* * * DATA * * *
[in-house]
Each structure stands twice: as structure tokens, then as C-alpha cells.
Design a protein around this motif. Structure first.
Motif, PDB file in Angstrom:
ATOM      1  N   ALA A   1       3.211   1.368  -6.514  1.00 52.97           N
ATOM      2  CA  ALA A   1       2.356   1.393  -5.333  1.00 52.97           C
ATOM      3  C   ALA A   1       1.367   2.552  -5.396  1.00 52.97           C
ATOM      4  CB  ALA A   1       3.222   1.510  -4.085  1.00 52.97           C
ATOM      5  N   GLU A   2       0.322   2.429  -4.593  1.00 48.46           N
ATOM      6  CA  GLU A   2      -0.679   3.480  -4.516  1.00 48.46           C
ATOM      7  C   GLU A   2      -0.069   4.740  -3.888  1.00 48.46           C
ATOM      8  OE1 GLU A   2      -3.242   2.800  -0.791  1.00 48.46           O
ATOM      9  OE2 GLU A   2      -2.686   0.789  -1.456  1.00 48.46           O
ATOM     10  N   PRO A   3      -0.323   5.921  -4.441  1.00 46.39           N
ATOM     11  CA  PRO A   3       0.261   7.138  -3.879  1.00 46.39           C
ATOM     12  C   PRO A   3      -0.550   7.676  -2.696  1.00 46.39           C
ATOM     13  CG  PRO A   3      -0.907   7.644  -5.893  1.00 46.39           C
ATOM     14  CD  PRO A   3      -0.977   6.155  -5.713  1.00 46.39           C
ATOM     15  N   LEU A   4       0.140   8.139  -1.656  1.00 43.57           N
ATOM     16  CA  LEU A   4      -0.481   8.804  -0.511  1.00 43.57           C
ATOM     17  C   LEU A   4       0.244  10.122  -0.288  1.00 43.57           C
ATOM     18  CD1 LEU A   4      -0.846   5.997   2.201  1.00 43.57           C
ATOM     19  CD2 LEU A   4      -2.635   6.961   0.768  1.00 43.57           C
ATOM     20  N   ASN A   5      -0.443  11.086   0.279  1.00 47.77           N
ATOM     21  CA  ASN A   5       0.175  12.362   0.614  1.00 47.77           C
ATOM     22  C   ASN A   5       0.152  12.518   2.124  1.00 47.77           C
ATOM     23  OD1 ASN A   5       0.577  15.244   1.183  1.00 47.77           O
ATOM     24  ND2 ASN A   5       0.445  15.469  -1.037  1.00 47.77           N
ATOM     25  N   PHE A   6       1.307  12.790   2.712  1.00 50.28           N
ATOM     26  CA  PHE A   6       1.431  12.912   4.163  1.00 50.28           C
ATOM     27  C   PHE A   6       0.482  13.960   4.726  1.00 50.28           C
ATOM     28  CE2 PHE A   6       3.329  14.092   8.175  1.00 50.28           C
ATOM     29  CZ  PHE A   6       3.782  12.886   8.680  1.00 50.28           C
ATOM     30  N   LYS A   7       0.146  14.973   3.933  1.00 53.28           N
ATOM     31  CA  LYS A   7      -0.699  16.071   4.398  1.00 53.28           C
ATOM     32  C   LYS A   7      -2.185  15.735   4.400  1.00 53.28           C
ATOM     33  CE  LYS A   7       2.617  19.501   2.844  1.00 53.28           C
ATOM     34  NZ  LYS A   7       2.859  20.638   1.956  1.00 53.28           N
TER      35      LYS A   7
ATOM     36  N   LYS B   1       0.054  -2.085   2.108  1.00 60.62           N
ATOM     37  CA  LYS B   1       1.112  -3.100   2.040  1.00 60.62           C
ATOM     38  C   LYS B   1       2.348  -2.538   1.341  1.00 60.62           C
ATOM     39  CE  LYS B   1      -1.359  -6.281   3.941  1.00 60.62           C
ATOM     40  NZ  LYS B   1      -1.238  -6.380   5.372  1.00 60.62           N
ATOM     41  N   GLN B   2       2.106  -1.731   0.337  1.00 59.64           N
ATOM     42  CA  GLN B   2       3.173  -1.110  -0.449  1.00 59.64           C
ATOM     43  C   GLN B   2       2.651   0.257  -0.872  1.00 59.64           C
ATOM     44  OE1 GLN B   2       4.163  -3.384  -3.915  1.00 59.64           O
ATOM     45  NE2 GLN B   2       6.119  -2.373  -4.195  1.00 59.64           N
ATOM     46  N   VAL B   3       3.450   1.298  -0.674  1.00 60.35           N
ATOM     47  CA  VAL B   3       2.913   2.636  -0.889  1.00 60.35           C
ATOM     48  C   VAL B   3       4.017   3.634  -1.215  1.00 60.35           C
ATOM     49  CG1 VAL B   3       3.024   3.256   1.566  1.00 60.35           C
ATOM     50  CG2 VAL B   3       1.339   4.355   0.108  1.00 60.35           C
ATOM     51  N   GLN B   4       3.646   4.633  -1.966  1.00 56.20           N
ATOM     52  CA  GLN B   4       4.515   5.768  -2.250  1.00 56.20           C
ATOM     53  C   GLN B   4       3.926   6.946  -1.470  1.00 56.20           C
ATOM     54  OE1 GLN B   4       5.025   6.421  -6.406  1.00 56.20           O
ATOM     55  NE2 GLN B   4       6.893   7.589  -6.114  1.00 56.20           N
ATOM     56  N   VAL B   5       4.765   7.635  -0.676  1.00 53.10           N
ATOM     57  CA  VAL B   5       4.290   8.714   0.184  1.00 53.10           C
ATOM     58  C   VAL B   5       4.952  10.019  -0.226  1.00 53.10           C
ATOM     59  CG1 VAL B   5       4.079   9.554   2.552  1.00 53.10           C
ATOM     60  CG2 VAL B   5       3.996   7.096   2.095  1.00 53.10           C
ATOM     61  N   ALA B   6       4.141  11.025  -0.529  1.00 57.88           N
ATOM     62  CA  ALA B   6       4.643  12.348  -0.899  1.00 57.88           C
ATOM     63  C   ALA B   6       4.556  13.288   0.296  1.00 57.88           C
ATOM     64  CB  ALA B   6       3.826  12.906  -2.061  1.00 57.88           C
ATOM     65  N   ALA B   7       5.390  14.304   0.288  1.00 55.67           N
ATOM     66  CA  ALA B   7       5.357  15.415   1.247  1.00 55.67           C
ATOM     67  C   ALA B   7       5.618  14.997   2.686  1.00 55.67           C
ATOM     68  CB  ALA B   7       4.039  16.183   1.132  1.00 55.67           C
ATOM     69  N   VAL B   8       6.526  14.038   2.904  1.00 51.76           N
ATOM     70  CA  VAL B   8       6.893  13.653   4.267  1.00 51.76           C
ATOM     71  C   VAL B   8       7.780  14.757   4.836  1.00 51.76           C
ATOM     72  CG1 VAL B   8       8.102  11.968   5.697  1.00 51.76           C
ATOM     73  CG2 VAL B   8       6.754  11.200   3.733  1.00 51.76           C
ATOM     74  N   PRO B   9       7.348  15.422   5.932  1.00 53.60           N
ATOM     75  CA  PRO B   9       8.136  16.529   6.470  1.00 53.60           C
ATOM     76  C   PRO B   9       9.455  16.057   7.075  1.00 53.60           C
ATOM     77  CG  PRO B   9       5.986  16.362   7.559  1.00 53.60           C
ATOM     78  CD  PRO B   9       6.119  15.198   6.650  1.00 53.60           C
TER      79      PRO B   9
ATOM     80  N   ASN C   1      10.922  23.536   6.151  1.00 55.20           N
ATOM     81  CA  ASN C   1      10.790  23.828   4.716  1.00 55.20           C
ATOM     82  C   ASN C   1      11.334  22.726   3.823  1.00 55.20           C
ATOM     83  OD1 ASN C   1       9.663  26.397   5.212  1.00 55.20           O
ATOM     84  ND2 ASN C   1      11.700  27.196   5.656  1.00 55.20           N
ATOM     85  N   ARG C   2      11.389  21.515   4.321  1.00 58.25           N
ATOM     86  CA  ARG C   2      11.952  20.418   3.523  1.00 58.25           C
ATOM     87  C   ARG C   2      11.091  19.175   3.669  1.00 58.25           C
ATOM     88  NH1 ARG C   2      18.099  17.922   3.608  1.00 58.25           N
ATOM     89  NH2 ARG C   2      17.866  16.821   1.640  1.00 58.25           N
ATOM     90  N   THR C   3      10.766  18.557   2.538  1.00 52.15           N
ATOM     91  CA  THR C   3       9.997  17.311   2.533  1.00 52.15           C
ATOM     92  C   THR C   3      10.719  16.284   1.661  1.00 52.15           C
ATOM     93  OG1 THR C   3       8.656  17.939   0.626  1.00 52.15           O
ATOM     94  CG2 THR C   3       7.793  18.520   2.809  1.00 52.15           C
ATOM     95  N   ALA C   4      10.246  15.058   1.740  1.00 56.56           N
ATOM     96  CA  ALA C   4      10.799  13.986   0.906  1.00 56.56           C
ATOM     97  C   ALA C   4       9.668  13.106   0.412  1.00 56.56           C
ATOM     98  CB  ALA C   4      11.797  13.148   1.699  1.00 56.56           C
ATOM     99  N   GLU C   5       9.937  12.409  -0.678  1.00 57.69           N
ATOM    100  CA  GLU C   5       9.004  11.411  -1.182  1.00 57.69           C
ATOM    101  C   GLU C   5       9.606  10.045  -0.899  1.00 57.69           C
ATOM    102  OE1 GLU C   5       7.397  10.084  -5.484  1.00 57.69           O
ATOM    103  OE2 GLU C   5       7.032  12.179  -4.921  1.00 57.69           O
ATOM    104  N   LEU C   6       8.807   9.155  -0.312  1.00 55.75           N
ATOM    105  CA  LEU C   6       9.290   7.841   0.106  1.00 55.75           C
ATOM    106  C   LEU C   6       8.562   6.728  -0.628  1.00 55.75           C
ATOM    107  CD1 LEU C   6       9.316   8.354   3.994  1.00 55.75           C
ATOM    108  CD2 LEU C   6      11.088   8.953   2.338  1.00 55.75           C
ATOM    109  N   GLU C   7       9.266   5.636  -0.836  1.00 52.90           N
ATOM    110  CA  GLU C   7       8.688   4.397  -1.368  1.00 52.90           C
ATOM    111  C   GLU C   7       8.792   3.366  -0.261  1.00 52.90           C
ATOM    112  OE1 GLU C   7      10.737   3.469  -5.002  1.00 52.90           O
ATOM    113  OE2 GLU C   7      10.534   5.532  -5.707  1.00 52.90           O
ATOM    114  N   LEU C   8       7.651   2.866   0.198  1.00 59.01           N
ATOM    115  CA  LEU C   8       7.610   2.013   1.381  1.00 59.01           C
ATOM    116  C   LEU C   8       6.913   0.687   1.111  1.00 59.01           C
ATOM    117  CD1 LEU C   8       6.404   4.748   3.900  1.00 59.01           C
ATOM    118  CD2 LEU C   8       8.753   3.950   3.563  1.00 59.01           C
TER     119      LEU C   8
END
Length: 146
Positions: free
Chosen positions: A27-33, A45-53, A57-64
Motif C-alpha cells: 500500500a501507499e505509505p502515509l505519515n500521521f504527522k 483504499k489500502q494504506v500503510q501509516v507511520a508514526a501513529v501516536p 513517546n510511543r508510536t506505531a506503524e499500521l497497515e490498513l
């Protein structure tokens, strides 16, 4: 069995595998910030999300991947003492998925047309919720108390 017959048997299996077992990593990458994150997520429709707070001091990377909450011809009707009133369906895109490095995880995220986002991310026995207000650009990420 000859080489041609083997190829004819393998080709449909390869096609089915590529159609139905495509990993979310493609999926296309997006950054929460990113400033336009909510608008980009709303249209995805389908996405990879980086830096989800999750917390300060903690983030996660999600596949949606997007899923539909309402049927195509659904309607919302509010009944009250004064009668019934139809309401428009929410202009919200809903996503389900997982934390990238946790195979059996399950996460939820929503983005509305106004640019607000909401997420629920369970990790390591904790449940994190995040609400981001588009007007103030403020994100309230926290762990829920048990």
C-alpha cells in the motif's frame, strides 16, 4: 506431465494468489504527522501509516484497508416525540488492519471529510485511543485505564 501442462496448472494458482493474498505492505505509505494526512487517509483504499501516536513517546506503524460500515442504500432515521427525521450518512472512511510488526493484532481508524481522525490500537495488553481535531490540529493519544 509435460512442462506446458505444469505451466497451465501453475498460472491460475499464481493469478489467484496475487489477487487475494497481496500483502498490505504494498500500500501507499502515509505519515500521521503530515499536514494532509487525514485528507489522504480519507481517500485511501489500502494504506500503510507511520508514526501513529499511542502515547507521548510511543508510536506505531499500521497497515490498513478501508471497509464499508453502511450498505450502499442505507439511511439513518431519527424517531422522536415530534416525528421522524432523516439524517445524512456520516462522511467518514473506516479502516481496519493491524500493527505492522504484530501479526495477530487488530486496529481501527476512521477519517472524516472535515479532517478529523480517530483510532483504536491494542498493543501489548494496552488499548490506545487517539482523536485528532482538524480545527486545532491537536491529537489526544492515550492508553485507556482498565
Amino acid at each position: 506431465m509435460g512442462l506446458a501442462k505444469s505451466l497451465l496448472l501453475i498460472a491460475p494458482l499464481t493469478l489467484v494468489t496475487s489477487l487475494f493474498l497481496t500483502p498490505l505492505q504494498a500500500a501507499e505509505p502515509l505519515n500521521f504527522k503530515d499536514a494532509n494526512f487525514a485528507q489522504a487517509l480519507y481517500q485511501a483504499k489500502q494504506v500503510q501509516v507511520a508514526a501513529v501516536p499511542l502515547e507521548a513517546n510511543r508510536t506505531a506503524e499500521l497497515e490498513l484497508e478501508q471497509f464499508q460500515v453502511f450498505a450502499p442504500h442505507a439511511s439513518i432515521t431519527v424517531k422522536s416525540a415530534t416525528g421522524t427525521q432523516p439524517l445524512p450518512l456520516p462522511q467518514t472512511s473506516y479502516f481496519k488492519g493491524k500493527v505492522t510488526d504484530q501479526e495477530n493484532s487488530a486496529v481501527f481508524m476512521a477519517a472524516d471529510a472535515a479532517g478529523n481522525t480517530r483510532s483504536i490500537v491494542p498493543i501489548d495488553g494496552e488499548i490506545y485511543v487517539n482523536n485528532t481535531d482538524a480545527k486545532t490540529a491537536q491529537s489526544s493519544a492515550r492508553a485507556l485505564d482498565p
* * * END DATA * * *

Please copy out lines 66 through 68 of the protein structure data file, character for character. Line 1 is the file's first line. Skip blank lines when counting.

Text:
ATOM     62  CA  ALA B   6       4.643  12.348  -0.899  1.00 57.88           C
ATOM     63  C   ALA B   6       4.556  13.288   0.296  1.00 57.88           C
ATOM     64  CB  ALA B   6       3.826  12.906  -2.061  1.00 57.88           C